Whatever assistance you want to give, consider the fact that the girls in your family will face challenges that the boys won’t, including the gender pay gap, the costs of taking time out to have children and longer life expectancy. So parents might want to level the playing field by investing a bit more for the girls and women in their family.
Of course, some conversations about money are easier than others. For those who have elderly parents, it’s all too easy to put off discussions about what will happen to their finances when they’re no longer around, but planning their legacy is essential to avoid uncertainty and disputes later on. And against the backdrop of a global pandemic, many of us are realising the importance of protecting ourselves and our family – so it’s important to take stock of any financial risks you face and take steps to mitigate them.
Many parents find themselves in the ‘sandwich generation’, bringing up their own children while also caring for their parents. In the present pandemic this amounts to a perfect storm of financial, emotional and time pressure. So it’s especially important to keep talking to your family and find ways to navigate choppy waters.
Women need to ensure they’re saving enough
The extra hurdles that women face make it especially important for them to make sure they’re saving properly for retirement. And it’s not often acknowledged that women generally don’t see themselves as investors, even when they have a workplace or personal pension – but to harness the full power of their pensions, they’ll need to.
Women’s priorities also often differ from men’s. Two-thirds of women5 believe that it’s important that their investments make a positive social impact; pensions are a great way to make a difference.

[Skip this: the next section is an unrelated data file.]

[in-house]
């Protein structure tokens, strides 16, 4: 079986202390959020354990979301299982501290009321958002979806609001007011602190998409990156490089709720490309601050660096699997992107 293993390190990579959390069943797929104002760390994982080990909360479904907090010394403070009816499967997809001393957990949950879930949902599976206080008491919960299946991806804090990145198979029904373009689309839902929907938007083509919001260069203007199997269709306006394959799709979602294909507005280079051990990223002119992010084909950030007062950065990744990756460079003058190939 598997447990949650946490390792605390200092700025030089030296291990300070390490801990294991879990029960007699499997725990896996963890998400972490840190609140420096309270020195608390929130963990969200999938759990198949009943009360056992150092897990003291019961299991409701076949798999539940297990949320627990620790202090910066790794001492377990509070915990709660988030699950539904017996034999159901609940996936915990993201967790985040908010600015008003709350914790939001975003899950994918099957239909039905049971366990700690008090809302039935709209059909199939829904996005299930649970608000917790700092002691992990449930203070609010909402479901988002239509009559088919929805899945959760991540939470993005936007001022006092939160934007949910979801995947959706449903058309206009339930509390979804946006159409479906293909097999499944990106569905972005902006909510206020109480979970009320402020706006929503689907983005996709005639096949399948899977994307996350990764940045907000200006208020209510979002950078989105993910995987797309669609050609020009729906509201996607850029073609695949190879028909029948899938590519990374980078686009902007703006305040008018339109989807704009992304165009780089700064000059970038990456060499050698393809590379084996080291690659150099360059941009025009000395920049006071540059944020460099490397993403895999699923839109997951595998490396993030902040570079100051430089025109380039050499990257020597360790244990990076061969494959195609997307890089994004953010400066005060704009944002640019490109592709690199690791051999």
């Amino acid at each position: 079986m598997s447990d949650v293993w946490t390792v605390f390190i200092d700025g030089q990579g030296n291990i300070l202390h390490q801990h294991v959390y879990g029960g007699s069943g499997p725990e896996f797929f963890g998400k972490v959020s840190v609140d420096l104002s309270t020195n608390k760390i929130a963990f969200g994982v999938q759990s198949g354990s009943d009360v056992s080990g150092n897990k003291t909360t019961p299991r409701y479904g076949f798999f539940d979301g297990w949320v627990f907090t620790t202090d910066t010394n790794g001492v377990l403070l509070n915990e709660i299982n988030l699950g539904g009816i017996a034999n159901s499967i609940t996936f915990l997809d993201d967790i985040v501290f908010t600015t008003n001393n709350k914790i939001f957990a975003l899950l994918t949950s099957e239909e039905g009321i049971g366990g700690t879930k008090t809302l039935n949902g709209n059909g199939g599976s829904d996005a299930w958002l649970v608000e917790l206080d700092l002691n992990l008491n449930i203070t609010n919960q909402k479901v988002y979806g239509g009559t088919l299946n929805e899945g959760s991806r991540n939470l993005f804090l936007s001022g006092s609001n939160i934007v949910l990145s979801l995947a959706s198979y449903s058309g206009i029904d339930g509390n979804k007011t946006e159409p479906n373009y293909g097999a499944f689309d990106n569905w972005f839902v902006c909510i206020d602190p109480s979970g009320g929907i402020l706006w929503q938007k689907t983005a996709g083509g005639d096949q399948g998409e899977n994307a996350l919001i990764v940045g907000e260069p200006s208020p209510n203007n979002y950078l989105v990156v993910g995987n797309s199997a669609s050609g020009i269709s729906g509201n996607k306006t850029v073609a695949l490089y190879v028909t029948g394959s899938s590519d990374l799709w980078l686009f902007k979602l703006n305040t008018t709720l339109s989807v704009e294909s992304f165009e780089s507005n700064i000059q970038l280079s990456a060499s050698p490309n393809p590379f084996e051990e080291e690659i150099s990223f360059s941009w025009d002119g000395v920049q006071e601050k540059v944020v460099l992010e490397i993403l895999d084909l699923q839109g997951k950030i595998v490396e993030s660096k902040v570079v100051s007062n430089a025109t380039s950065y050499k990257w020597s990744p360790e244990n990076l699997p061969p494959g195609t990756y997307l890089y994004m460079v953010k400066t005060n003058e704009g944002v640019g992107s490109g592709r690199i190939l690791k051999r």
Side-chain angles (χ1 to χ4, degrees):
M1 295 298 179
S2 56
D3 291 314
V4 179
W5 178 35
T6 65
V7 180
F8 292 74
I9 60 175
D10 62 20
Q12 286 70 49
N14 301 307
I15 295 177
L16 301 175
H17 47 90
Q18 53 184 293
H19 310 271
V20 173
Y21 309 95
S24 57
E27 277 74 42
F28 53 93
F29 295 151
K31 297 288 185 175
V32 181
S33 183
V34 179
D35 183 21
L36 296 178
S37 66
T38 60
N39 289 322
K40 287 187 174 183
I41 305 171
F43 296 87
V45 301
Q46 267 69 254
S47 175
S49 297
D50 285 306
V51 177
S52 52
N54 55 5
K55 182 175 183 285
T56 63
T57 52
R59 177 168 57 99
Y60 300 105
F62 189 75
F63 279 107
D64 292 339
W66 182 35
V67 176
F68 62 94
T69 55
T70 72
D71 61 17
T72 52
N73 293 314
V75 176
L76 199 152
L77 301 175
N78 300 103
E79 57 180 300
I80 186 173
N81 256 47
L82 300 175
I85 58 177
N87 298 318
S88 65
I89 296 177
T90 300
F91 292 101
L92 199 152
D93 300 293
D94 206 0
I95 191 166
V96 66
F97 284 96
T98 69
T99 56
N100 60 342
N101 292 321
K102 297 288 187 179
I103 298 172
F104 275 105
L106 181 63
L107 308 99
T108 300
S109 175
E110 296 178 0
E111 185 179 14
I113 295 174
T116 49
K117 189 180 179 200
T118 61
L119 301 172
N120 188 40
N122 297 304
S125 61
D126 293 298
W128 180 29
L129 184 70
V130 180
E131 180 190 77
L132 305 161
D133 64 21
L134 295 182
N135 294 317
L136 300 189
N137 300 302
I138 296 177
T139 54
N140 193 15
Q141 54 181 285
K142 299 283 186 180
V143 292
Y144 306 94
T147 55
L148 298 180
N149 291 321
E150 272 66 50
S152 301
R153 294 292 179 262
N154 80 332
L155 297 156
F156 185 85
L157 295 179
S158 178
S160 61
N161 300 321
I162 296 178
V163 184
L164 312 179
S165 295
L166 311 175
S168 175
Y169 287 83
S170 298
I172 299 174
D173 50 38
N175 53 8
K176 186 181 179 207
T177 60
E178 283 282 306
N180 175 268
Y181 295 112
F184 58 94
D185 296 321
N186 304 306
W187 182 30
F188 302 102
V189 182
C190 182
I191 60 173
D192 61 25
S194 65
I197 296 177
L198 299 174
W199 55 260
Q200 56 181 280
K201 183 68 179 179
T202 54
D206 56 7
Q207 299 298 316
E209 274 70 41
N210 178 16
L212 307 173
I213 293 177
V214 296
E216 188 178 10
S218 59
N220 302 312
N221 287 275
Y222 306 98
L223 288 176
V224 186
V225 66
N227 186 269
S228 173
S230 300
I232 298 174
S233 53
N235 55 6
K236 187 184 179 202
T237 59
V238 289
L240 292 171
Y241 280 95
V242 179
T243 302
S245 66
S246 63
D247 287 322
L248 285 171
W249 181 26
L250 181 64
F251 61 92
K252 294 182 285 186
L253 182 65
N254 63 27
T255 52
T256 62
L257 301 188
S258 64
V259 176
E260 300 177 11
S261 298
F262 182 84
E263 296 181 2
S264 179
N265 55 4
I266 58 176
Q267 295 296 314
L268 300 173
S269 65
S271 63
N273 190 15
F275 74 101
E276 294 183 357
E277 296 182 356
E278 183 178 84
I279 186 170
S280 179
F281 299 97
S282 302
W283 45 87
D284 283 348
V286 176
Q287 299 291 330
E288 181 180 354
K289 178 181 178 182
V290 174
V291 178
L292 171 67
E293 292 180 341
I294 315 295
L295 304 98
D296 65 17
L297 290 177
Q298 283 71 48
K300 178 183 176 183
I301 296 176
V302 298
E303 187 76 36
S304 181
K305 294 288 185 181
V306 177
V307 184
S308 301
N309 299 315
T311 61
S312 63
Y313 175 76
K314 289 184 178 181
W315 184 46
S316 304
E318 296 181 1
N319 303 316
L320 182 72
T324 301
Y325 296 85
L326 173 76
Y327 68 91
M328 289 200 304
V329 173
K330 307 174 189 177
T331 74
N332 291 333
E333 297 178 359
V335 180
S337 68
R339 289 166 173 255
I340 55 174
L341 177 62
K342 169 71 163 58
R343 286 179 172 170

With more women breaking the glass ceiling, women are predicted to own 60% of UK wealth by 2025.6 But even high earners can end up financially insecure if they don’t take responsibility for their own financial lives, and could be missing out on tax allowances, or not saving enough into their pension. And women have been more likely to lose jobs or see a pay cut during the coronavirus crisis7, so they should make sure they’re still paying enough into their pension.
While most people previously faced a largely binary choice at retirement, there are now a variety of decisions to make and scenarios to weigh up – all with the end goal of making your pension income last as long as you need it.
Getting your investments right is important because we are living longer, and we tend to underestimate how long we are likely to live. A study by the Institute for Fiscal Studies found that on average, people in their 50s and 60s underestimated their chances of survival to age 75 by about 20 percentage points.8
Most people remain invested in retirement, typically through drawdown arrangements. Once you move into retirement and start taking money from your pension pot, you become open to a new set of financial risks, including longevity and inflation risks, sequencing risk and pound-cost ravaging. Additionally, your risk tolerance changes, so it’s crucial that you understand the implications of this and undergo a regular financial health check.
Whichever stage of your financial life you’re at, McGrady Financial Services Ltd can help to develop a strategy that’s tailored to you. Just ask.
1The Money Charity, The Money Statistics, October 2020
2ONS, Overview of the UK population, August 2019
3Pensions Policy Institute, Lost pensions: what’s the scale and impact?, October 2018
4Legal & General, Bank of Mum and Dad, 2019
5WealthiHer Report, 2019, 2,500 surveyed
6Centre for Economics and Business Research, 2005
7University of Cambridge, Women bear brunt of coronavirus economic shutdown in UK and US, April 2020
8Institute for Fiscal Studies, Subjective expectations of survival and economic behaviour, April 2018
Source of Article: https://www.sjpinsights.co.uk/article/talk-money-week-2020